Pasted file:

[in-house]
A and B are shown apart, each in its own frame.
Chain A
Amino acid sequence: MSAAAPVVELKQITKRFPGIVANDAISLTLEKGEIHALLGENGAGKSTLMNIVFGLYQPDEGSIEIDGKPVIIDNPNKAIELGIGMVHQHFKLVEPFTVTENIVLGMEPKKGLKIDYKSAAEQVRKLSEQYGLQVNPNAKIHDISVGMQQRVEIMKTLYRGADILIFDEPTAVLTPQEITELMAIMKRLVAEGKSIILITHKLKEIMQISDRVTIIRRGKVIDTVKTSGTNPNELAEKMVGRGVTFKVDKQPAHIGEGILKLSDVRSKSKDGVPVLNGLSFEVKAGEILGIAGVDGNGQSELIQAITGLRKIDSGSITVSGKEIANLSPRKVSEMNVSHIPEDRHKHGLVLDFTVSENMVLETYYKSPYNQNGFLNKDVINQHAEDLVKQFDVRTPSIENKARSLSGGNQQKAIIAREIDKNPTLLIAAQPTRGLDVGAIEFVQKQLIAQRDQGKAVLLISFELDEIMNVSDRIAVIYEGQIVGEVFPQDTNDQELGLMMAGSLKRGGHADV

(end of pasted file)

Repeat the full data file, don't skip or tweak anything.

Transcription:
[in-house]
A and B are shown apart, each in its own frame.
Chain A
Amino acid sequence: MSAAAPVVELKQITKRFPGIVANDAISLTLEKGEIHALLGENGAGKSTLMNIVFGLYQPDEGSIEIDGKPVIIDNPNKAIELGIGMVHQHFKLVEPFTVTENIVLGMEPKKGLKIDYKSAAEQVRKLSEQYGLQVNPNAKIHDISVGMQQRVEIMKTLYRGADILIFDEPTAVLTPQEITELMAIMKRLVAEGKSIILITHKLKEIMQISDRVTIIRRGKVIDTVKTSGTNPNELAEKMVGRGVTFKVDKQPAHIGEGILKLSDVRSKSKDGVPVLNGLSFEVKAGEILGIAGVDGNGQSELIQAITGLRKIDSGSITVSGKEIANLSPRKVSEMNVSHIPEDRHKHGLVLDFTVSENMVLETYYKSPYNQNGFLNKDVINQHAEDLVKQFDVRTPSIENKARSLSGGNQQKAIIAREIDKNPTLLIAAQPTRGLDVGAIEFVQKQLIAQRDQGKAVLLISFELDEIMNVSDRIAVIYEGQIVGEVFPQDTNDQELGLMMAGSLKRGGHADV